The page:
Improve Data Quality with 5 Fundamentals of Clinical Data Management

April Schultz
Content Marketing Manager, Forte
March 1st, 2018

Gathering high-quality, reliable and statistically sound data is the goal for every clinical trial; and effective data management is essential to ensuring accurate data collection, entry, reports and validation. As a critical phase of the clinical research process, it’s important to establish and maintain organization-wide standards for data management to ensure consistency across all individuals and teams involved.

Miscommunication and ambiguity in the data management process can lead to costly mistakes that waste staff time and resources, ultimately putting your organization and clinical trial at risk. These five fundamental elements of quality clinical data management can both improve your organization’s data management standards and help you implement them across necessary stages of the clinical trial process.

1. Ensure data is ‘fit for purpose’

Professional societies, like the Society for Clinical Data Management (SCDM), advise organizations to establish standard practices that produce ‘fit for purpose’ data sets, i.e. quality data. Fit for purpose methodologies imply that data quality improves when the data collected becomes more targeted to the study objectives. Eliminating non-critical data points lowers risk during endpoint analysis and minimizes the effort required to verify non-critical data.1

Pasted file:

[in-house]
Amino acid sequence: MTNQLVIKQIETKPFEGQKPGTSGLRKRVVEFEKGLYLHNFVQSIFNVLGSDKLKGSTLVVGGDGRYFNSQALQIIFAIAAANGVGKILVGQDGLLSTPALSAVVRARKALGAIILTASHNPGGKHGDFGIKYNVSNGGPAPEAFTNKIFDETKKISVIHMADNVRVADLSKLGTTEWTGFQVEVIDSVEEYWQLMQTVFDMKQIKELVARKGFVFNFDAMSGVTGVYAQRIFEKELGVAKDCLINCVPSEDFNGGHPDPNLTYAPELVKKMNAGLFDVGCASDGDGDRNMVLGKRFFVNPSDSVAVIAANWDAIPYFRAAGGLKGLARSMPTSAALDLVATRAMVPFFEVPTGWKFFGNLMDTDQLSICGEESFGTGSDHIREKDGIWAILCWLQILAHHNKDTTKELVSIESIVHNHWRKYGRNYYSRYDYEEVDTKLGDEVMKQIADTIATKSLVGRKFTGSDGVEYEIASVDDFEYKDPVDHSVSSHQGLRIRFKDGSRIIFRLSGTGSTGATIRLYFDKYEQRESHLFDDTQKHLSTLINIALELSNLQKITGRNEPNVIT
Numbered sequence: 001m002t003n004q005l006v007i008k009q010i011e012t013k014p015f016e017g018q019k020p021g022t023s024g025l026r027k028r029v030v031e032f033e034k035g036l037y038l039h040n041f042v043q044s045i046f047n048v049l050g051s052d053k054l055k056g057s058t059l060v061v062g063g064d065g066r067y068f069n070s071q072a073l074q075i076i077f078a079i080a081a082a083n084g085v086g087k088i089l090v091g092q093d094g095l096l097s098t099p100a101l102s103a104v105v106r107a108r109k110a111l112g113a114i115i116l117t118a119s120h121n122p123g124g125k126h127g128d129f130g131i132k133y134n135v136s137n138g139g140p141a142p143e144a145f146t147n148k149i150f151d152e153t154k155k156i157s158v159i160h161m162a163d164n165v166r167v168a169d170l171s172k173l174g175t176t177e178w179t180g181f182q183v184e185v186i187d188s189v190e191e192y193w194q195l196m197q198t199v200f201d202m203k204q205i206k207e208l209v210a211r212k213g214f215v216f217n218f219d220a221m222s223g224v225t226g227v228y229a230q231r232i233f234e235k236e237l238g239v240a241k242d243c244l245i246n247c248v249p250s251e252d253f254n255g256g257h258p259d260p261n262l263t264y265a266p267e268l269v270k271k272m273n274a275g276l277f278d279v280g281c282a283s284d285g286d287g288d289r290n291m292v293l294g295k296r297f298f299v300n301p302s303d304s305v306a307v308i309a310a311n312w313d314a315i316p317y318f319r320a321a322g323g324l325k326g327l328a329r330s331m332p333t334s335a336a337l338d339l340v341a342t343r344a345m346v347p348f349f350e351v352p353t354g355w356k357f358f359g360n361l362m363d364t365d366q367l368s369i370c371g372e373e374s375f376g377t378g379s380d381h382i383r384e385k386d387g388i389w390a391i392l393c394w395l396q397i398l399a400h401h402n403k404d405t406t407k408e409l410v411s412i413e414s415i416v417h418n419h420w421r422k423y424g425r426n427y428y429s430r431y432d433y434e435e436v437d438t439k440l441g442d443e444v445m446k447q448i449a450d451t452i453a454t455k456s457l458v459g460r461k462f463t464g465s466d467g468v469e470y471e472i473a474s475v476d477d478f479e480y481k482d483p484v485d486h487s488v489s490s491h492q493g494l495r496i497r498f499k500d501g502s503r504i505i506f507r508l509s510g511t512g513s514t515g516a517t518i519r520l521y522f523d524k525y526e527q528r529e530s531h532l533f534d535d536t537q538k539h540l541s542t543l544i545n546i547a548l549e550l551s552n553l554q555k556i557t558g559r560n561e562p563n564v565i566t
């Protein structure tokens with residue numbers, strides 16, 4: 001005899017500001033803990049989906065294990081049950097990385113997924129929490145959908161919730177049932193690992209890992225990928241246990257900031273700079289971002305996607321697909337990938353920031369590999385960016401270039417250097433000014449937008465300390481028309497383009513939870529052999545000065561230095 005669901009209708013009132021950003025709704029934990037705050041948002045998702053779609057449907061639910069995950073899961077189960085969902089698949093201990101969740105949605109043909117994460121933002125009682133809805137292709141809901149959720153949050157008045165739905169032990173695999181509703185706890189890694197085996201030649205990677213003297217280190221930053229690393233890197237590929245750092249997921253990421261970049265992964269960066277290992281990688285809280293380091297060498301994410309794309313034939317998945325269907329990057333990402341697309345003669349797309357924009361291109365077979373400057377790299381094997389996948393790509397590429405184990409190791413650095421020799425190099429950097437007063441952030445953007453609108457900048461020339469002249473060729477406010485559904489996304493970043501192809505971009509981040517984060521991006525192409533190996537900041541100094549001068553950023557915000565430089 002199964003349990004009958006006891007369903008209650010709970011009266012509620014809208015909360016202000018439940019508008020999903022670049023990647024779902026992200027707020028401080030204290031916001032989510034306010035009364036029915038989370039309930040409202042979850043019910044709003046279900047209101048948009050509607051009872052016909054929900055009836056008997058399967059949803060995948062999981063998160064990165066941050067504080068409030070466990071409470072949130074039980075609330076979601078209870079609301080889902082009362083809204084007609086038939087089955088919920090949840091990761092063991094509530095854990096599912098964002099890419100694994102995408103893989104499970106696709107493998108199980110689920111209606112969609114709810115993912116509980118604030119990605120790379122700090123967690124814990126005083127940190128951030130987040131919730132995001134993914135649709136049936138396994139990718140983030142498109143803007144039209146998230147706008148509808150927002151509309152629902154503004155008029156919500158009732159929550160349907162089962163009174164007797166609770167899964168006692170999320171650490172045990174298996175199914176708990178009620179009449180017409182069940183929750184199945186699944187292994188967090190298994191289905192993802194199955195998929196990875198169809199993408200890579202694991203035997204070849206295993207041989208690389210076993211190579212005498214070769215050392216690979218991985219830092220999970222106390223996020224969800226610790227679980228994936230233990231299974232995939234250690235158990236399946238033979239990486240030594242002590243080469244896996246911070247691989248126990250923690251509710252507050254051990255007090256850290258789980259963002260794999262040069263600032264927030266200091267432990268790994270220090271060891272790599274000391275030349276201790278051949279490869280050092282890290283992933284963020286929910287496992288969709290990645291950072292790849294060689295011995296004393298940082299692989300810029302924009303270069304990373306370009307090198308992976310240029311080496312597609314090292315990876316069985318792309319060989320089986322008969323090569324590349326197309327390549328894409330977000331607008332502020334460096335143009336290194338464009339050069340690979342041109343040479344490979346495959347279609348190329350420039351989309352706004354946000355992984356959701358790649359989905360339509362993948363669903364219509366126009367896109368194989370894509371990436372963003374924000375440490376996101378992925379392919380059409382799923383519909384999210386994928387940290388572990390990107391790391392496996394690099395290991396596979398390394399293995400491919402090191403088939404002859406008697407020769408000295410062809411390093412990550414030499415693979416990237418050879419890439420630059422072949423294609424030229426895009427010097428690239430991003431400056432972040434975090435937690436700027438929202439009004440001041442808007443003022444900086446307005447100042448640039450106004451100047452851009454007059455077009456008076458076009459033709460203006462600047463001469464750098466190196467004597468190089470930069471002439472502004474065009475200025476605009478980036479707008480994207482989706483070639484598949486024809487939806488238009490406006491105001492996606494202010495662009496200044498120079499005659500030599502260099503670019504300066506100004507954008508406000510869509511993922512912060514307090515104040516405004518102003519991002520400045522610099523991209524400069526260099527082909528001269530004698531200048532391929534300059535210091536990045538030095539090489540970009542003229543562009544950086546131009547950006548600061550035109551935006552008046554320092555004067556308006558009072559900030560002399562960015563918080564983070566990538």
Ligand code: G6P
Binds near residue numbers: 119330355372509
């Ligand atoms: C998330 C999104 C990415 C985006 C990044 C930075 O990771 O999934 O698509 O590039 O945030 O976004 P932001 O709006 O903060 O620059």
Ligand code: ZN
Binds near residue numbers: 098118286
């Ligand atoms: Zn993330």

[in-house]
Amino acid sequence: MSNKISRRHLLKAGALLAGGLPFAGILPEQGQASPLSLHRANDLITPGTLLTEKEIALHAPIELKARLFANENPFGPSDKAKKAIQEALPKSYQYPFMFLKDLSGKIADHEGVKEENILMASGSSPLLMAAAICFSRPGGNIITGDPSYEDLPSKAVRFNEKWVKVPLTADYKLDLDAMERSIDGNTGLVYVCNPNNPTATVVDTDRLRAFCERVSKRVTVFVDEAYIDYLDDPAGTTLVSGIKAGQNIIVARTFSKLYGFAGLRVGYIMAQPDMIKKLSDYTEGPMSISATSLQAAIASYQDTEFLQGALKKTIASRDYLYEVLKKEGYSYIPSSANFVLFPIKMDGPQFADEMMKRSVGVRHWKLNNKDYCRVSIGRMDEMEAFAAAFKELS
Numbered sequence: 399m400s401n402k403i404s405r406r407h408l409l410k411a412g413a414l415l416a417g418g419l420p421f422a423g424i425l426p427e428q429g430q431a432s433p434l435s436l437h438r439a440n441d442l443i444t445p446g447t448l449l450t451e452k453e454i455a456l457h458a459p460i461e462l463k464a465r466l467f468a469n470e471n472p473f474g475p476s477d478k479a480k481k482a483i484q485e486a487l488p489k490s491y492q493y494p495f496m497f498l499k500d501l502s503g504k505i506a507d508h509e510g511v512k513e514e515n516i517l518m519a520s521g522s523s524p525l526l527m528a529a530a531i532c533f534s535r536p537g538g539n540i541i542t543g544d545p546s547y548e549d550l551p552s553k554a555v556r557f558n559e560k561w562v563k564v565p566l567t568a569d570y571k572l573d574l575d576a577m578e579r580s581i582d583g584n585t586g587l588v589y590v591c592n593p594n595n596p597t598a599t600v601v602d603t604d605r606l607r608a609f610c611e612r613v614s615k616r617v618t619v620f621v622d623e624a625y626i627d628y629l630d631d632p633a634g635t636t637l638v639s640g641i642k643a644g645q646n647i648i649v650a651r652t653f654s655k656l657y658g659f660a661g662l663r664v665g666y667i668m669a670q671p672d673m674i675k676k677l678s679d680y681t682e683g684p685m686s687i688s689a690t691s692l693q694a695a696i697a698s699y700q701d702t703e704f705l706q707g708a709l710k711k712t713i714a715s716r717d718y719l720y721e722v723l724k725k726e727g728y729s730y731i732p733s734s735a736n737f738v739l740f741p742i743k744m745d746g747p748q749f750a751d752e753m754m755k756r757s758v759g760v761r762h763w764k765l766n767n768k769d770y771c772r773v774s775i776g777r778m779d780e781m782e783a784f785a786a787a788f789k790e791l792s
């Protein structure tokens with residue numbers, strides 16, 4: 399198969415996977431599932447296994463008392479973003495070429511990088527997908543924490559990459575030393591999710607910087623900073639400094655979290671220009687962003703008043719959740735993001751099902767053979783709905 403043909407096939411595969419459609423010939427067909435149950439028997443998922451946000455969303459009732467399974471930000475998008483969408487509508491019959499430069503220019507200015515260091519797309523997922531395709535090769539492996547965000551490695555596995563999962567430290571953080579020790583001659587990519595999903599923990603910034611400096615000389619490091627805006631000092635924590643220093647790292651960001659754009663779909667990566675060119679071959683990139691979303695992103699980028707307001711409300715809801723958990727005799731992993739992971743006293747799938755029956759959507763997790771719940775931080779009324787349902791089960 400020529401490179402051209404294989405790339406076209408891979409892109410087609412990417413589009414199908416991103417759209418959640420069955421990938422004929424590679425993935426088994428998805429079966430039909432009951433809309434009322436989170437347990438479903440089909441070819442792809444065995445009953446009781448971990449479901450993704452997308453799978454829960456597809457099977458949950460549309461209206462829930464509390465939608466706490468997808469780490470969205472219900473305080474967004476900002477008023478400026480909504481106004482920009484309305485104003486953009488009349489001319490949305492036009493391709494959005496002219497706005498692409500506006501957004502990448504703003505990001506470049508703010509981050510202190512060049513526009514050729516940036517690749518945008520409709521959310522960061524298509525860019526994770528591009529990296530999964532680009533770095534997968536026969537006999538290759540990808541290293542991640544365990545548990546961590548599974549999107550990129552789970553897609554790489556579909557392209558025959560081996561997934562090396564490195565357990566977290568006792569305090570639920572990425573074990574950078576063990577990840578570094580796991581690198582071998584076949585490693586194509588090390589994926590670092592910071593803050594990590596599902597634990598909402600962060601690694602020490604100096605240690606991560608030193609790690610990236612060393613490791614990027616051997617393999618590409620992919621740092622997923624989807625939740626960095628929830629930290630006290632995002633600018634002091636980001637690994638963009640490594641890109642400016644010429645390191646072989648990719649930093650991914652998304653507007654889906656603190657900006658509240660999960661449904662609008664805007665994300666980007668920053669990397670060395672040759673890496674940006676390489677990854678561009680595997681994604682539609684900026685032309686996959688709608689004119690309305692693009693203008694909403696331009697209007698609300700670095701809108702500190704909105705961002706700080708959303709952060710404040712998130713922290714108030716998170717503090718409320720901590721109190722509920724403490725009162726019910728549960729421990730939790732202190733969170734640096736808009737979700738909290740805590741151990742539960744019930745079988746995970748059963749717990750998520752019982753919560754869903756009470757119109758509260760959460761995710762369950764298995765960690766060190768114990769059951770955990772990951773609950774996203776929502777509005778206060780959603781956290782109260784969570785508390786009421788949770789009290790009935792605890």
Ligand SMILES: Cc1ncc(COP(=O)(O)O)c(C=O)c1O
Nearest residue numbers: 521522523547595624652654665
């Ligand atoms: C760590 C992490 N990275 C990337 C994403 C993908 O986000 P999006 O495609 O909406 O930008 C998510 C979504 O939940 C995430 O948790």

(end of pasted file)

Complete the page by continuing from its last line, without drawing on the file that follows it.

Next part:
To ensure fit for purpose data, organizations must clearly define critical data points and standardize their collection and monitoring processes. Guidance in these areas can improve clinical data integrity and reduce the variability of data quality among individuals and teams involved.

2. Identify critical data points

Critical data points are identified at the very beginning of the clinical trial process. To do this, you must determine what data you need to measure to answer the scientific question your study originates from. What is the quantitative definition of your end goal?

This fundamental part of the clinical trial process may seem fairly straightforward. However, issues often arise when non-critical data is collected for additional purposes, such as patient safety and/or exploratory analysis. Though important in many respects, ensuring these data meet quality standards requires considerable effort for the data management team. In addition to identifying more targeted data points, standard operating procedures (SOPs) can help reduce some of the time and effort for data managers when working with large amounts of data, and ultimately improve overall data quality.

3. Establish detailed standard operating procedures (SOPs)

Fewer errors in data collection and reporting means less time spent investigating the cause and correcting the problem. Developing thorough SOPs can help increase the accuracy of data collection by clearly outlining organizational practices and role-specific responsibilities. This specificity helps get all involved staff on the same page, reduces the risk for error in data collection and can make it easier to pinpoint the cause if and when errors occur.